Diagnosis by odour is nothing to be sniffed at, finds Ian Le Guillou

When she first received a call about a woman who claimed to be able to smell Parkinson’s disease, Perdita Barran was initially dismissive: ‘I said “Well, surely she’s perhaps just smelling old people.”’

Barran is a professor of mass spectrometry at the University of Manchester in the UK and has an interest in misfolded proteins like those found in the brains of people with Parkinson’s disease. However, Barran’s collaborator, Tilo Kunath at the University of Edinburgh, UK, had met the woman, a retired nurse called Joy Milne, and thought there might be something in it.

They decided to put Milne to the test. They presented her with 12 identical-looking T-shirts – six that had been worn by people with Parkinson’s and six that hadn’t. Milne sniffed her way through the T-shirts and picked out seven where she could recognise the smell of Parkinson’s disease. The researchers were stunned to realise that she had correctly identified all six cases of Parkinson’s, with only one false positive that came from the control group.

‘Well, they thought I’d incorrectly identified it, but I knew I hadn’t,’ says Milne. ‘I even stood my ground in that room saying “Oh well, we’ll see.”’

Three months later, Milne was proved right. The man who had worn the T-shirt as part of the control group had since been diagnosed with Parkinson’s. Since then, she has worked with Barran to home in on the chemicals that cause the smell. Barran says she has been inundated with stories from members of the public who have also noticed smell changes in people with Parkinson’s: ‘It’s resonated with a lot of people – there’s a visceral knowledge that odour is indeed diagnostic.’

Ancient smells

‘There are a number of smells which are definitely associated with diseases,’ says Jan van Meerbeeck, a professor of respiratory medicine at the University of Antwerp in Belgium.

Since ancient times, physicians have noticed a sweet smell in the urine and breath of people with diabetes. Failures of the liver or kidneys also alter the breath with fish-like and urine-like smells, respectively. These smells come from changes in the usual biochemical processes in the body, producing a variety of metabolites known as volatile organic compounds (VOCs) that disperse into the air.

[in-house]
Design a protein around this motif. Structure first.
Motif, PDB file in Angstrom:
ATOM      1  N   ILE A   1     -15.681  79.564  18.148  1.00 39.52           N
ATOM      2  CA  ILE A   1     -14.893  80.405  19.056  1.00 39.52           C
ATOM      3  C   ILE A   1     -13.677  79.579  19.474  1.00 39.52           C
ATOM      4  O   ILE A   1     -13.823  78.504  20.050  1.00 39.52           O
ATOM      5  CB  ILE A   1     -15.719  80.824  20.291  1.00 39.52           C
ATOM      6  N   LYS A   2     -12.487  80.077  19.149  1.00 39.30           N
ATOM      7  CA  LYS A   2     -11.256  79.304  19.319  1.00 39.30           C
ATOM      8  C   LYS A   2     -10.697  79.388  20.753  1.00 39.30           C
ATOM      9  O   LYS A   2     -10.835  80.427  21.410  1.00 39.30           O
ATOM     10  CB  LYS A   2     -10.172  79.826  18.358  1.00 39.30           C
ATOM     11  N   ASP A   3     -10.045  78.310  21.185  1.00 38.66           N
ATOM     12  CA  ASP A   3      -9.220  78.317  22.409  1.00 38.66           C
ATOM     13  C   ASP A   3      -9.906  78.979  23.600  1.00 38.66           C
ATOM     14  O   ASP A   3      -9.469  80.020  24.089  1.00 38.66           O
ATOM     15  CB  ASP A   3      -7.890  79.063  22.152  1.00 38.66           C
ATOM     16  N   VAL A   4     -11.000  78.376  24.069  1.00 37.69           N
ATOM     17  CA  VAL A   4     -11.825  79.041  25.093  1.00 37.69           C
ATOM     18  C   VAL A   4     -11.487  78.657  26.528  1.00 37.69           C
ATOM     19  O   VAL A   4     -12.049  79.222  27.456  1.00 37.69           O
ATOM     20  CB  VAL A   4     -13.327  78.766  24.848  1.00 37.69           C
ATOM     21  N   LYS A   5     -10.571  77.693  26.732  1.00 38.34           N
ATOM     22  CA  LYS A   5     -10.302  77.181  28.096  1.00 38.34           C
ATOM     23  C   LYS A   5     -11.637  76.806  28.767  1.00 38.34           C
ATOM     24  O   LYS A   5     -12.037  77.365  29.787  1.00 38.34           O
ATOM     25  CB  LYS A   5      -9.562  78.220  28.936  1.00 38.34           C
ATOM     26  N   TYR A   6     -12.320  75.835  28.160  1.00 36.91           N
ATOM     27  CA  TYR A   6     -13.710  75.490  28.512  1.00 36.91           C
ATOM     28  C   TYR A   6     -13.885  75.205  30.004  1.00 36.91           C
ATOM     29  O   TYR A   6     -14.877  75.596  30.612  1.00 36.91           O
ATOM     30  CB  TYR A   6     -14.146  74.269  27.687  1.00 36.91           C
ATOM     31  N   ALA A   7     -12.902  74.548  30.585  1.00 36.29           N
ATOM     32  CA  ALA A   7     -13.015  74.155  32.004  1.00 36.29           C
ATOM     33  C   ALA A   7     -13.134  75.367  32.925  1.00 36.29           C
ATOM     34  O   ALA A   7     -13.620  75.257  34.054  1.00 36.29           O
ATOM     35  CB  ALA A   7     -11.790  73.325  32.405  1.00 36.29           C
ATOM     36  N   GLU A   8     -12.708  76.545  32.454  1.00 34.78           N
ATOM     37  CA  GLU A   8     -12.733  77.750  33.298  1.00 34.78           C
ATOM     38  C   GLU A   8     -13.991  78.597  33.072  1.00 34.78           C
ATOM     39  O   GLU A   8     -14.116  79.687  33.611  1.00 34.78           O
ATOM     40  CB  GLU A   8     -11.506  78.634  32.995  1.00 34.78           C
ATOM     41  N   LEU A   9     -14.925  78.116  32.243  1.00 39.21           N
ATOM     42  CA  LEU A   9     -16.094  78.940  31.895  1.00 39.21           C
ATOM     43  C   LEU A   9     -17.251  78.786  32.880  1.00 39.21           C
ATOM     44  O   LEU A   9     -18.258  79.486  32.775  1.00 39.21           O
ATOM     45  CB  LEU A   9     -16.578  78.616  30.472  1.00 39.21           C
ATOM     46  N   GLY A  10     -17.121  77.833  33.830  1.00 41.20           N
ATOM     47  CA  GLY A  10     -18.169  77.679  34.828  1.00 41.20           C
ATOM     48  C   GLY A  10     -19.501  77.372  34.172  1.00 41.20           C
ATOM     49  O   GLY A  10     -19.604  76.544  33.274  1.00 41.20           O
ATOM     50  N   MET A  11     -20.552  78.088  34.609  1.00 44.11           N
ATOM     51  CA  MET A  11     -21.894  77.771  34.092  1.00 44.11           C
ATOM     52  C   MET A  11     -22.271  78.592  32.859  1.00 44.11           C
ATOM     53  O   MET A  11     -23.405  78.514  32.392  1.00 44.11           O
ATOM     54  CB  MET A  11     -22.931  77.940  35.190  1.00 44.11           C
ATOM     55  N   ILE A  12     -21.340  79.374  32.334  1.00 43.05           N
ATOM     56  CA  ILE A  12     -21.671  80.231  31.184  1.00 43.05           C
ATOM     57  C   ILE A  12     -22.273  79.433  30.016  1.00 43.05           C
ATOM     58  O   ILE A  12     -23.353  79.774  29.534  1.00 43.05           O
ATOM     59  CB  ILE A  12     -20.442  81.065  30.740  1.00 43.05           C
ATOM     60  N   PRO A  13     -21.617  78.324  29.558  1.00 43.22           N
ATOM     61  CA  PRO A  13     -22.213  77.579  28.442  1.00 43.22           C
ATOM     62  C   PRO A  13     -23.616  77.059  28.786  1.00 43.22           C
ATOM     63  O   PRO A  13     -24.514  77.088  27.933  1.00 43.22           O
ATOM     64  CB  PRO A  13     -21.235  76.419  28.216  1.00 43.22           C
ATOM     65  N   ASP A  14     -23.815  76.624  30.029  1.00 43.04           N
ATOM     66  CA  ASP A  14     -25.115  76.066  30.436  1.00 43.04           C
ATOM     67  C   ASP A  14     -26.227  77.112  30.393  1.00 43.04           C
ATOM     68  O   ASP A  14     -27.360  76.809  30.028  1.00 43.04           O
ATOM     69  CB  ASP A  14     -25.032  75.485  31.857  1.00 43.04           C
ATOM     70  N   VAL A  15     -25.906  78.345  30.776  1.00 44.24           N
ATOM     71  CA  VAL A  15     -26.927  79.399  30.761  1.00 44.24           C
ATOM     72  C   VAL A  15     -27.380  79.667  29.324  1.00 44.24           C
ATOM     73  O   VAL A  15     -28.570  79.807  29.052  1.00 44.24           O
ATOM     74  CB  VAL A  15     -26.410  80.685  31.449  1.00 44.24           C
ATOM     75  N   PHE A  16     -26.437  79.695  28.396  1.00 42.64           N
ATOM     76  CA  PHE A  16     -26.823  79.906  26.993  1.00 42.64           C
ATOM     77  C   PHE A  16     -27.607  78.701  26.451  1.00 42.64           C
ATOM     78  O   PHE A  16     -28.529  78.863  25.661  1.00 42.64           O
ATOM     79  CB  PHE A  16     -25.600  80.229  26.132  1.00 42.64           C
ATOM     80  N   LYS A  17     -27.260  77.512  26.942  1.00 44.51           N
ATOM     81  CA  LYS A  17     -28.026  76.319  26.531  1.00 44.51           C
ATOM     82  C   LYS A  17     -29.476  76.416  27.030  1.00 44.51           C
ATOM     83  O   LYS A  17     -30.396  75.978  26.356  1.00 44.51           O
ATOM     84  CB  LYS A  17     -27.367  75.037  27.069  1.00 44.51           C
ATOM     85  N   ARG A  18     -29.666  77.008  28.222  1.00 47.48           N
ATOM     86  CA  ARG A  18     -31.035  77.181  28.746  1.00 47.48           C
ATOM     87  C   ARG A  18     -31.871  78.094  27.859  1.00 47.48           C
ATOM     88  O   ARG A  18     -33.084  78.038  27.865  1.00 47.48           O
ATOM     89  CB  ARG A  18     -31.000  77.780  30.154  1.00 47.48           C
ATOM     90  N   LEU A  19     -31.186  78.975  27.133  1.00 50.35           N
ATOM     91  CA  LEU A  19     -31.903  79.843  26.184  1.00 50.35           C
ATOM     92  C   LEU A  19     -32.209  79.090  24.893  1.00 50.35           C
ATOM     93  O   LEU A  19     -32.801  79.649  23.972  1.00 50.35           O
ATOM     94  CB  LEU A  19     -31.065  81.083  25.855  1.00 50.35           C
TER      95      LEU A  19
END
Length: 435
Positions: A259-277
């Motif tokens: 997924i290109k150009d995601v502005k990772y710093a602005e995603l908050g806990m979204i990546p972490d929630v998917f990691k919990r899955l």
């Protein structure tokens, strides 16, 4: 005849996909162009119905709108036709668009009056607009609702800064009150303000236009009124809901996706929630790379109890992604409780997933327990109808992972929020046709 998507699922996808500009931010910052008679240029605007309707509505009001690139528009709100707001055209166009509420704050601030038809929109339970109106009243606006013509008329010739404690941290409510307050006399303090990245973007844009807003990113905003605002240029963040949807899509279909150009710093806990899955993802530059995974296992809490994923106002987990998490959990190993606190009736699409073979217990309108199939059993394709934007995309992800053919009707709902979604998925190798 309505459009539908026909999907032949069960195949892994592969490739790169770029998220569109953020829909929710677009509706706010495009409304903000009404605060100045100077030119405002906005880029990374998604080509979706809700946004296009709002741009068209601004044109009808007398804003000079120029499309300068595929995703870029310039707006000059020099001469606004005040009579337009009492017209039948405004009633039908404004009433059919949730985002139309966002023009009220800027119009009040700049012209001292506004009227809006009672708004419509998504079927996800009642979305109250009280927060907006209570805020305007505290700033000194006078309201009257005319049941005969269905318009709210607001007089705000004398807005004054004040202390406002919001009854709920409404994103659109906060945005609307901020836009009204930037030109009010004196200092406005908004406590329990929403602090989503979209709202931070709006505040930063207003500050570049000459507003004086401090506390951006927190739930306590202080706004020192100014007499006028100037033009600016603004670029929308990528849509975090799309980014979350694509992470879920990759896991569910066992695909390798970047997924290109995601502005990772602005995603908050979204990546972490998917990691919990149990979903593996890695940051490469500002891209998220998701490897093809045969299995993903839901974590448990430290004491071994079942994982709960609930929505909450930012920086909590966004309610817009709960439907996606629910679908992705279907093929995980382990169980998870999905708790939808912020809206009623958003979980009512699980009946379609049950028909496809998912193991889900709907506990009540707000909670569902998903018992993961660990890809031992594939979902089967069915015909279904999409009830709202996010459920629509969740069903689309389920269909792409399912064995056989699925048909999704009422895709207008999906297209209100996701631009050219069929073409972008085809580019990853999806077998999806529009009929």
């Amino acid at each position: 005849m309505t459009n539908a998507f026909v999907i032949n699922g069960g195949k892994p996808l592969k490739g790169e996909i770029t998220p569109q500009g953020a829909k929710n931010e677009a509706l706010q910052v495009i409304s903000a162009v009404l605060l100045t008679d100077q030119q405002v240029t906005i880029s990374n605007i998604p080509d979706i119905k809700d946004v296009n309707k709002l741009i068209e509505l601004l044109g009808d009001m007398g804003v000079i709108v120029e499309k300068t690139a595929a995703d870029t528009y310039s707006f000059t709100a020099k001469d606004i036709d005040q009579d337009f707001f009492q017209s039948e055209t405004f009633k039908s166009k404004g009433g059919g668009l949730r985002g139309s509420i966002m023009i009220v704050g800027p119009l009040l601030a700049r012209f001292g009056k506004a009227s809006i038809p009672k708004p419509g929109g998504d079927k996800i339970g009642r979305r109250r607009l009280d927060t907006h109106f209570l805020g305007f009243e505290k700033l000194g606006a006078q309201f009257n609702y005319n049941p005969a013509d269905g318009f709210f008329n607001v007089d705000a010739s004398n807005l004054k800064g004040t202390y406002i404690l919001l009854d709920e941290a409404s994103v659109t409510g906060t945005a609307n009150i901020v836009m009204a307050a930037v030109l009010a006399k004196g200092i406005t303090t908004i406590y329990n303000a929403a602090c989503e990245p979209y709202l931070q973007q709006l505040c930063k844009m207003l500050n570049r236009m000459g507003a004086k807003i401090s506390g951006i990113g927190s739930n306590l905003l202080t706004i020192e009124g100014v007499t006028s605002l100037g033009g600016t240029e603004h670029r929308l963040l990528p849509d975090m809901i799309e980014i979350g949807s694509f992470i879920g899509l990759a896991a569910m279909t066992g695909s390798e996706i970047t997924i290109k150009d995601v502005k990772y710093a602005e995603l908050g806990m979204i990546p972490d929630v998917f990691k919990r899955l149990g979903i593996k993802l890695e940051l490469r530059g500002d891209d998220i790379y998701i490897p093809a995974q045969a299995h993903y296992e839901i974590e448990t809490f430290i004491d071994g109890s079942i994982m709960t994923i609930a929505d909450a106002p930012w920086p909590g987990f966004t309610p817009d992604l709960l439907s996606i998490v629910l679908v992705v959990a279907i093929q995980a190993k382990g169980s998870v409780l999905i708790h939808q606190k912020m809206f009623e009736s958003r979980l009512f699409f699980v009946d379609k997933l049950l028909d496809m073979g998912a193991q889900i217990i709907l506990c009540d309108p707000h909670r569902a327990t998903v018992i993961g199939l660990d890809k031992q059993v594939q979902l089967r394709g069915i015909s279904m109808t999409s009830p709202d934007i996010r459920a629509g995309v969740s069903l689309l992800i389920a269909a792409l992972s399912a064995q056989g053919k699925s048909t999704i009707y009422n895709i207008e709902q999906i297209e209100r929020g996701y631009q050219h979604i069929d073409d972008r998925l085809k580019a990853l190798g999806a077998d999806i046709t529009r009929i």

An image showing the nitric oxide test

Source: © Science Photo Library

A nitric oxide test for asthma is one of the few diagnostic breath tests available

Although breathalyser tests for alcohol consumption are simple enough to be used by the roadside, smell tests to detect volatile molecules are rarely used in health. One of the few examples is a test for nitric oxide on the breath. High levels can indicate overactive eosinophils, a type of white blood cell, reflecting underlying asthma.

‘It’s not always easy to discriminate between some kinds of asthma versus an infectious cough,’ says van Meerbeeck.

While blood tests and imaging scans have become mainstays of modern medicine, the compounds that we release into the air around us have gone largely unnoticed. Perhaps that is due to a common disregard for our sense of smell, seeing it almost as a vestigial sense that is inferior to that of so many other animals. In The Descent of Man, for example, Charles Darwin wrote ‘The sense of smell is of extremely slight service, if any.’ Improvements in sensors, however, are sparking renewed interest in the area.

‘The advances in technology have made it interesting to further investigate exhaled breath because it is better at detecting the compounds at lower concentrations,’ says Kevin Lamote, a postdoctoral researcher in van Meerbeeck’s lab. ‘I guess that’s one of the reasons why it has boomed over the last decade.’

Smell library